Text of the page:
I’d prefer to ignore Memorial Day; another militaristic effusion.
But it’s not so easy. My lifetime in the U.S. has been marked throughout by war, with intermittent periods of not-war between the big ones (mostly wth secret wars going on meantime). And even though I’ve been against war for most of it, that doesn’t really erase the memories, even if mine are from much physical distance from the battlefields. Or at least, the most visible ones.
Here are two collections of images from the perch at the edges of the killing fields. They embody memories fitting for the occasion. Continue reading A Quaker Reflection on Memorial Day
Earlier this year I posted about a controversy at Friends Central School in Philadelphia, where a Palestinian Quaker, Sa’ed Atshan, was invited to visit and speak, then abruptly disinvited & the two teachers who invited him, Ariel Eure and Layla Helwa, were suspended.
The news site philly.com reported on May 10 that the two teachers have now been terminated effective June 30. Along with that decision came an invitation from the school to Sa’ed Atshan to speak at Friends Central sometime in the future, on “his personal experiences and path to peace education.”
The report added that
[The suspended teachers] were offered severance pay of $5,500, but that is contingent on their dropping a federal Equal Employment Opportunity Commission lawsuit, said Mark Schwartz, their lawyer.
“This is a ridiculous offer,” he said. “I’d be surprised if they took it. Unlike the school, these two have some principles.”
School representatives on Tuesday declined to give a reason for the terminations.
No, really: Just today I found an unimpeachable source, shown below. I saw the outline of the plan sitting there, exposed & unguarded — and, once an investigative reporter, always an investigative reporter — scooped it up.
Opening it, in an out-of-the-way corner of the undisclosed location (disguised as the checkout line of a certain big-box retailer), I whipped out my hidden camera and snapped the key pages, which are about to be revealed here, regardless of the risks. . . . Continue reading Never Mind Armageddon: World War III Is Coming First — I’ve Seen the Secret Plan
The Consultation Schedule:
Continue reading The Carolina Friends Emergency Consultation – March 25, 2017
A Marker for her Mother: A Survivor’s Journey
On October 1, 2007, several news shows in eastern North Carolina ran a story about a remarkable ceremony that was held in Fayetteville. It was a memorial for an army wife from Fort Bragg who was murdered by her husband.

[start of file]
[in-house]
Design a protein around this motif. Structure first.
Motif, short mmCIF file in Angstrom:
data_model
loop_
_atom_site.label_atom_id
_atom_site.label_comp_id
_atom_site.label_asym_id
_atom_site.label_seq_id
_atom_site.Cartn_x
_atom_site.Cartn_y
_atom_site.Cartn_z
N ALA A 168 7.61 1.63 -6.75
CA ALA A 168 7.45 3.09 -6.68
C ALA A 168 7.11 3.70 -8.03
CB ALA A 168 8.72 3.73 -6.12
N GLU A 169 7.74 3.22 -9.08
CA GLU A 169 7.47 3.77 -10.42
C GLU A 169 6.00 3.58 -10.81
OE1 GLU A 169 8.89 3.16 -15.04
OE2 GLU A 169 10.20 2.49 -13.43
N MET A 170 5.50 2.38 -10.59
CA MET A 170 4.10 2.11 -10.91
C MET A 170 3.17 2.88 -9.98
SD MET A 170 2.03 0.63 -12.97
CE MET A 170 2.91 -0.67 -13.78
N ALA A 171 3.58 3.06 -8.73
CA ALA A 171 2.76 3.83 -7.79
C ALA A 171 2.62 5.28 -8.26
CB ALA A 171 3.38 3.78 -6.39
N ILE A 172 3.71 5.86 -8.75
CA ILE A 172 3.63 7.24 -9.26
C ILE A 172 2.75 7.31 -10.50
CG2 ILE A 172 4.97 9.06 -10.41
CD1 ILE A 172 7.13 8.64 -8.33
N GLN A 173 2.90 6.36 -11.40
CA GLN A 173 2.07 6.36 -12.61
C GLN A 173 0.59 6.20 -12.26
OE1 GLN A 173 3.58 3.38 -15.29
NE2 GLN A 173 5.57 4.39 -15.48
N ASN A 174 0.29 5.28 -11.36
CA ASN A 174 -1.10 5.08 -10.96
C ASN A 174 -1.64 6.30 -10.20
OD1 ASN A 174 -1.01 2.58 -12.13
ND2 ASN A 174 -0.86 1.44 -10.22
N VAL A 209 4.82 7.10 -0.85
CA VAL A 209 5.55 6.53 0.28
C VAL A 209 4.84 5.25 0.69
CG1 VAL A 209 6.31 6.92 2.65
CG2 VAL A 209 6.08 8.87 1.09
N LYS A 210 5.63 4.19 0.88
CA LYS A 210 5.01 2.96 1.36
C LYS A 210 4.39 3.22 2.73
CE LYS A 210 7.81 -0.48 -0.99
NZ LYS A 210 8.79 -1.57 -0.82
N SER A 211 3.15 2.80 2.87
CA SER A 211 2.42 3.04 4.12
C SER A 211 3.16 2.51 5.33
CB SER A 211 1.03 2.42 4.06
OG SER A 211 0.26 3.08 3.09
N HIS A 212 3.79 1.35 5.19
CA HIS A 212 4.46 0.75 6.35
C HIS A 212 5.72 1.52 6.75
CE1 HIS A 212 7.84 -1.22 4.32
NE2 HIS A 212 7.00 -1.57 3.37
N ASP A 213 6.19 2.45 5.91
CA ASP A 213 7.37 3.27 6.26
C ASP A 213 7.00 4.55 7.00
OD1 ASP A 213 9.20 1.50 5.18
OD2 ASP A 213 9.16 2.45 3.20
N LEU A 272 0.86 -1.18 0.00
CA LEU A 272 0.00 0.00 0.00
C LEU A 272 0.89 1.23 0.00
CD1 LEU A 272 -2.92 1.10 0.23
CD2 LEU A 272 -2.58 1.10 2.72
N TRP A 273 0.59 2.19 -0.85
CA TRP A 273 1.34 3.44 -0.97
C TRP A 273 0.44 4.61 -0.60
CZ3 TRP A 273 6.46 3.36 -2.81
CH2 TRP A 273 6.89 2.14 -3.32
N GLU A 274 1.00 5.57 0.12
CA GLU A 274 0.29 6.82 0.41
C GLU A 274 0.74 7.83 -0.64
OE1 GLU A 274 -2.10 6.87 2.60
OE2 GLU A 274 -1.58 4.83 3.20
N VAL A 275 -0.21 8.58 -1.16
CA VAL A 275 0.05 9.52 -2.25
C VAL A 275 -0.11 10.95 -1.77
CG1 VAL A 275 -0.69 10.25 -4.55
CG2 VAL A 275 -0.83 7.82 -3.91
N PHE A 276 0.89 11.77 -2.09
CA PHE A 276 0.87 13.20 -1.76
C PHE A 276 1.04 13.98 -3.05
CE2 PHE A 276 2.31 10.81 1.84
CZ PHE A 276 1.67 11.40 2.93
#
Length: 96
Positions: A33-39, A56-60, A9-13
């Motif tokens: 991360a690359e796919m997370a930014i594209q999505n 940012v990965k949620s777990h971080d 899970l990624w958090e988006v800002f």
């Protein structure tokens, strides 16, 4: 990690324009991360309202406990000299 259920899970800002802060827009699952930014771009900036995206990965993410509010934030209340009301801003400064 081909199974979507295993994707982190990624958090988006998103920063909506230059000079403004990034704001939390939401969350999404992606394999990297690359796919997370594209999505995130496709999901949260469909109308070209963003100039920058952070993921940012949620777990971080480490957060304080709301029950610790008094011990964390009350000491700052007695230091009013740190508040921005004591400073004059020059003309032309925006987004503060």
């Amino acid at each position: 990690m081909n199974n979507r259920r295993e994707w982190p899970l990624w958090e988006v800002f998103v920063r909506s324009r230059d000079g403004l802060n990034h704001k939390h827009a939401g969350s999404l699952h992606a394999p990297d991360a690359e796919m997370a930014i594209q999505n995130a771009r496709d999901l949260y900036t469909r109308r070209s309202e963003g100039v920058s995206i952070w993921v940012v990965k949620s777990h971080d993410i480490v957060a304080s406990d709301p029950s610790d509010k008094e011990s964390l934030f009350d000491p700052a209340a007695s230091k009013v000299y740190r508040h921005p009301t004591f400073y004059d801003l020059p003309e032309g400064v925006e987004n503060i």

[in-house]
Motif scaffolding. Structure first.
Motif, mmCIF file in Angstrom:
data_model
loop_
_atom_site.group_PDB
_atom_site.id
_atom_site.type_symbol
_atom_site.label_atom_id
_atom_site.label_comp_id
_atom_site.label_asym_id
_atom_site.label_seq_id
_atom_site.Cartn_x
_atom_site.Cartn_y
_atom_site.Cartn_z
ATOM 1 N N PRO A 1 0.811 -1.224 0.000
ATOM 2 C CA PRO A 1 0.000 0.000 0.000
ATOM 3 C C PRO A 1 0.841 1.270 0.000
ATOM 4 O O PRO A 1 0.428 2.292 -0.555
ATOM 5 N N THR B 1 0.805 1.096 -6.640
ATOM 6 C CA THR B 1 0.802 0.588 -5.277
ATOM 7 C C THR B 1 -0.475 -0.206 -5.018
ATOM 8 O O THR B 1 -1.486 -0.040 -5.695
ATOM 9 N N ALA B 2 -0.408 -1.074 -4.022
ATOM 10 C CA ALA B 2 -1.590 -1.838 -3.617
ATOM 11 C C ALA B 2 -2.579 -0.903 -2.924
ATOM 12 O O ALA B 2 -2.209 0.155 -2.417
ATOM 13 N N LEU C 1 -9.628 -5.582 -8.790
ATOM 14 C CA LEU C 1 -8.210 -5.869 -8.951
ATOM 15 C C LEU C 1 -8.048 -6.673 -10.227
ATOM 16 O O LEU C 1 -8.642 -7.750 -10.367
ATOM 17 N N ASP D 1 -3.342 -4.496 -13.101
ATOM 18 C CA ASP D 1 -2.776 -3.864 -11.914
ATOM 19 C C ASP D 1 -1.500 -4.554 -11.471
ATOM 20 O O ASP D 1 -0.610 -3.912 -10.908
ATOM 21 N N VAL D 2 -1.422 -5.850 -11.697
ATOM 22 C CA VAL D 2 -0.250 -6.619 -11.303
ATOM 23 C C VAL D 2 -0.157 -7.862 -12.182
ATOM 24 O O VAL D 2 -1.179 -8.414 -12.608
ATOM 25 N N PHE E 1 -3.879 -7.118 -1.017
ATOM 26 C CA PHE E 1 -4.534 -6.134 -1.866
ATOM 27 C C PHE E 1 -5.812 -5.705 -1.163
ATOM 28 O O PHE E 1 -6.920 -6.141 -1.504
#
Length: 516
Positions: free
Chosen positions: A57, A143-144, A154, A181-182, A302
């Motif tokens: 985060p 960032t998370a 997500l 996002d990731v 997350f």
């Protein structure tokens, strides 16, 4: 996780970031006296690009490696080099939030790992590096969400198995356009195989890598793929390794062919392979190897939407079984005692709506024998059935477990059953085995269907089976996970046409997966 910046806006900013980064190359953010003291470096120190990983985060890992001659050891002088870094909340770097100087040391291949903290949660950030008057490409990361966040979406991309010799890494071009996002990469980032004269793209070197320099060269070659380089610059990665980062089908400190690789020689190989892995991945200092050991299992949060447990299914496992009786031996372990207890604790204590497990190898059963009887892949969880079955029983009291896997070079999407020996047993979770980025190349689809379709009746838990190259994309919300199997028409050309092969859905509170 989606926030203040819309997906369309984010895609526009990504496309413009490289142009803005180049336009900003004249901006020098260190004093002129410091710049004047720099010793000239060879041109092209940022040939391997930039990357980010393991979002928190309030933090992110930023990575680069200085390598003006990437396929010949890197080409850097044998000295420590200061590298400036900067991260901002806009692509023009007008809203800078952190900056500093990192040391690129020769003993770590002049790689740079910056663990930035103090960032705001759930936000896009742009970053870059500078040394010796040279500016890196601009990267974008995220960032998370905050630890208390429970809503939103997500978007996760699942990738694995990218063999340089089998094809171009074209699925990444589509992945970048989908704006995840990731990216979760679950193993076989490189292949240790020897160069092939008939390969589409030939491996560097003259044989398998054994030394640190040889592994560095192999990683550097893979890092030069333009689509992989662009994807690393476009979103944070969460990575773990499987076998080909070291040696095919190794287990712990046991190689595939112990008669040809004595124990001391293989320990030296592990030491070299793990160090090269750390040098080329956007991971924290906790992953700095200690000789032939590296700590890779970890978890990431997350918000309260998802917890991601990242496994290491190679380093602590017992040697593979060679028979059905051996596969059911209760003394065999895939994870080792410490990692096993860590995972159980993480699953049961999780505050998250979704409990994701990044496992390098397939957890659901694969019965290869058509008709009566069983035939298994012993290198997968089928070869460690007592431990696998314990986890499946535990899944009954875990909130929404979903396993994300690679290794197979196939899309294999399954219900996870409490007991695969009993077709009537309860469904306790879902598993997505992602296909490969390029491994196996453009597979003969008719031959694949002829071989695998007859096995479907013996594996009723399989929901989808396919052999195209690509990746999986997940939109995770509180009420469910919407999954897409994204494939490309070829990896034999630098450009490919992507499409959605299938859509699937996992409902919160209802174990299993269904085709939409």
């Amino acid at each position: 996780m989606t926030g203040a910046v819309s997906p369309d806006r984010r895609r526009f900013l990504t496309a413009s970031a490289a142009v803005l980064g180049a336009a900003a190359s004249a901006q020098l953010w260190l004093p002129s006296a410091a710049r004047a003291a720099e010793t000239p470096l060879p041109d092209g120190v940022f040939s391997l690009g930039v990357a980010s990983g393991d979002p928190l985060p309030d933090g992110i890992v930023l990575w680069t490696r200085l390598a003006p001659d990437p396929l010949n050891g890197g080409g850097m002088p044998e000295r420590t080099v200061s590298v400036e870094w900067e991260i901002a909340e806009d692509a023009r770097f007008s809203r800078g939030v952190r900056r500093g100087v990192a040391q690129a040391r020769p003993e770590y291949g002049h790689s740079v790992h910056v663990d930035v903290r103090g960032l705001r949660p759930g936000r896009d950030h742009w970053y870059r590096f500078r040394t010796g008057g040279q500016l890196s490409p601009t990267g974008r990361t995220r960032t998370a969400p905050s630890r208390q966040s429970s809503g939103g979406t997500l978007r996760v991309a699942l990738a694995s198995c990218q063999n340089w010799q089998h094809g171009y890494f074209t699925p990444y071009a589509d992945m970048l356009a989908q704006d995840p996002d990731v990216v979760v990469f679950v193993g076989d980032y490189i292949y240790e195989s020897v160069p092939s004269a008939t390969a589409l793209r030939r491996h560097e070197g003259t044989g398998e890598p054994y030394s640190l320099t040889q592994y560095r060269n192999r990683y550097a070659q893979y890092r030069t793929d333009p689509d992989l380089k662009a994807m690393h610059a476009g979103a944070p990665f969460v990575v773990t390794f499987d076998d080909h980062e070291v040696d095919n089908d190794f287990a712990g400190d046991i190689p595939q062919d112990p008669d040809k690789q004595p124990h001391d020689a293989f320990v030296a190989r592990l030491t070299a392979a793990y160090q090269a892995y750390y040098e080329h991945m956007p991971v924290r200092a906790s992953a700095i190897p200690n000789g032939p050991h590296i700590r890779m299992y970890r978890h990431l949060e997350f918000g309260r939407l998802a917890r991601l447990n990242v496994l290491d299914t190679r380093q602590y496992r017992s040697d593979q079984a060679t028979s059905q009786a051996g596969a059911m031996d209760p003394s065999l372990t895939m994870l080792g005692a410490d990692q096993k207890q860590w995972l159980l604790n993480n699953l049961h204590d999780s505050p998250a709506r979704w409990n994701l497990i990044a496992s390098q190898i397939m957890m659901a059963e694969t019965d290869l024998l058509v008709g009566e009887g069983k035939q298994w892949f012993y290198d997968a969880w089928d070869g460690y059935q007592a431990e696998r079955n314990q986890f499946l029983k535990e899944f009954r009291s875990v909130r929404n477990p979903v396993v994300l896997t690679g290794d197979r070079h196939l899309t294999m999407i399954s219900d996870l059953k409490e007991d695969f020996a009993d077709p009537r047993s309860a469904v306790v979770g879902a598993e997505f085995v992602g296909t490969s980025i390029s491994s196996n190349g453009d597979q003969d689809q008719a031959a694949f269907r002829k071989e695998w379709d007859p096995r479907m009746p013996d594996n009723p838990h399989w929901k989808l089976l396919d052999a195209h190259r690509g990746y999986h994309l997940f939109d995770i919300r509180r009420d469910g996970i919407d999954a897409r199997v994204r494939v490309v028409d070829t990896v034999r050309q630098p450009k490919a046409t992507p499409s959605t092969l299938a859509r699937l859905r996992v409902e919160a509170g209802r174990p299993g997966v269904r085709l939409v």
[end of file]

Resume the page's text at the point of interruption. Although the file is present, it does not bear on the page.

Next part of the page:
The case itself was old news – 33 years old, from 1974. But only in 2007 was a marker to be placed on the victim’s grave, by her daughter.
The victim was Beryl Mitchell, killed by her Army Green Beret husband on December 1, 1974: stabbed, strangled, and dumped nude in a wooded area of Ft. Bragg. Mitchell was buried in the cemetery across from Fayetteville’s VA hospital, but without a marker. Her husband was convicted of murder and spent several years in an Army prison. Continue reading A Marker for her Mother: A Survivor’s Journey
The Party That Went On Too Long
Seat belts were only for airplanes when I was nine, in 1951. So one day I leaned over the back of the front seat, to ask a question of my mother, who was driving.
The radio was on, and a news report had just finished. The announcer had said something about the Communist Party.
This party had been mentioned before, in other news reports I had begun, just barely, to notice. We had no TV yet, so it was all scattered words without pictures, which gave rise to my question:
“Mommy,” I said, “how can a party go on so long? Continue reading The Party That Went On Too Long
Two Election Comments — Bear With Me
Some years back, a peace-minded friend of ours wanted to bring some Truth In Recruiting materials to the main public high school in her western North Carolina County — where military recruiters had free run of the place. Local officials fought her every inch of the way. So she finally turned to the ACLU.
The NC ACLU staff lawyer then was a very smart, genial, friendly, but “git ‘er done” pro, and after genially threatening a court fight, she negotiated a deal which got our friend and Sgt. Abe into the school there.
Let’s Salute the Flag & Stand for the Anthem — Oh, Wait!
This flag was flying over the Manzanar relocation camp in the high desert of California in 1942. Manzanar, as well as nine other camps were packed with more than 100,000 Japanese-Americans, who were taken from their homes shortly after the U.S. entered World War Two against Japan & Germany. Most lost everything they had owned.
Manzanar is now a National Historic Park. And it’s one that Quakers have a lot invested in, though not many of us know that.
Dog Days Profile: Jim Corbett, Sanctuary Prophet of Post-Desert Quakerism
Friend Jim Corbett, of Pima Meeting in Tucson, died on his Arizona ranch August 2, 2001 after a short illness. He was 67.
With his passing a quiet Quaker giant departed.
I for one am grateful to have lived in the same two centuries as he. For those who become familiar with the important strands of Quaker thought and action of our time, I believe Jim’s life and work will loom even larger with time.
Not that we’ll see a lot of monuments to him; he deserves them, but that wasn’t his way, and Quakers aren’t much for it.
But a tribute is due, and here’s mine. It’s an adaptation of a profile of Jim that was part of my book, Without Apology. Continue reading Dog Days Profile: Jim Corbett, Sanctuary Prophet of Post-Desert Quakerism